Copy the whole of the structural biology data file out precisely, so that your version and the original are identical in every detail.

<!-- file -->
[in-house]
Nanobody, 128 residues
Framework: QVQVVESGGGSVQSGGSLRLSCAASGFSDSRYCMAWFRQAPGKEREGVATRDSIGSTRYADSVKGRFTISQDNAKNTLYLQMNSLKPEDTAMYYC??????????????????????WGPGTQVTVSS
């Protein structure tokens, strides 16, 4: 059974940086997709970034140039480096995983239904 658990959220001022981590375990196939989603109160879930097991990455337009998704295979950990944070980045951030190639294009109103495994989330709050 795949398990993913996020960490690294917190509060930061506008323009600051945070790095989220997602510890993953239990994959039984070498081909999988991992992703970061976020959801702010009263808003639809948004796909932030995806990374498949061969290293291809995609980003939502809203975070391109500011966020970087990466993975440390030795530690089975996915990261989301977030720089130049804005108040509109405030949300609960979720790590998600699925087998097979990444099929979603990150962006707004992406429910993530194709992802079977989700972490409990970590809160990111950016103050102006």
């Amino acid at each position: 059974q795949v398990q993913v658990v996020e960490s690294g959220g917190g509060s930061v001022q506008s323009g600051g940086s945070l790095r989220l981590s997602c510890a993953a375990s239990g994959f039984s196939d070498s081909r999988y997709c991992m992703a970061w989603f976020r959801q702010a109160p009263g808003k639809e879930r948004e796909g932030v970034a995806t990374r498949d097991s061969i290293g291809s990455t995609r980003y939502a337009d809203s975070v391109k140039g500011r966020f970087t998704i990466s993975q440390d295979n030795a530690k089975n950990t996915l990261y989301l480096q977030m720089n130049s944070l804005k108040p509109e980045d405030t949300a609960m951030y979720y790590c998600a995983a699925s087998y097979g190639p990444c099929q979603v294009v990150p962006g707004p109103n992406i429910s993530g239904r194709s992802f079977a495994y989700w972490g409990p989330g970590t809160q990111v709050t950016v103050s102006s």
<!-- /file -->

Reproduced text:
[in-house]
Nanobody, 128 residues
Framework: QVQVVESGGGSVQSGGSLRLSCAASGFSDSRYCMAWFRQAPGKEREGVATRDSIGSTRYADSVKGRFTISQDNAKNTLYLQMNSLKPEDTAMYYC??????????????????????WGPGTQVTVSS
């Protein structure tokens, strides 16, 4: 059974940086997709970034140039480096995983239904 658990959220001022981590375990196939989603109160879930097991990455337009998704295979950990944070980045951030190639294009109103495994989330709050 795949398990993913996020960490690294917190509060930061506008323009600051945070790095989220997602510890993953239990994959039984070498081909999988991992992703970061976020959801702010009263808003639809948004796909932030995806990374498949061969290293291809995609980003939502809203975070391109500011966020970087990466993975440390030795530690089975996915990261989301977030720089130049804005108040509109405030949300609960979720790590998600699925087998097979990444099929979603990150962006707004992406429910993530194709992802079977989700972490409990970590809160990111950016103050102006």
């Amino acid at each position: 059974q795949v398990q993913v658990v996020e960490s690294g959220g917190g509060s930061v001022q506008s323009g600051g940086s945070l790095r989220l981590s997602c510890a993953a375990s239990g994959f039984s196939d070498s081909r999988y997709c991992m992703a970061w989603f976020r959801q702010a109160p009263g808003k639809e879930r948004e796909g932030v970034a995806t990374r498949d097991s061969i290293g291809s990455t995609r980003y939502a337009d809203s975070v391109k140039g500011r966020f970087t998704i990466s993975q440390d295979n030795a530690k089975n950990t996915l990261y989301l480096q977030m720089n130049s944070l804005k108040p509109e980045d405030t949300a609960m951030y979720y790590c998600a995983a699925s087998y097979g190639p990444c099929q979603v294009v990150p962006g707004p109103n992406i429910s993530g239904r194709s992802f079977a495994y989700w972490g409990p989330g970590t809160q990111v709050t950016v103050s102006s």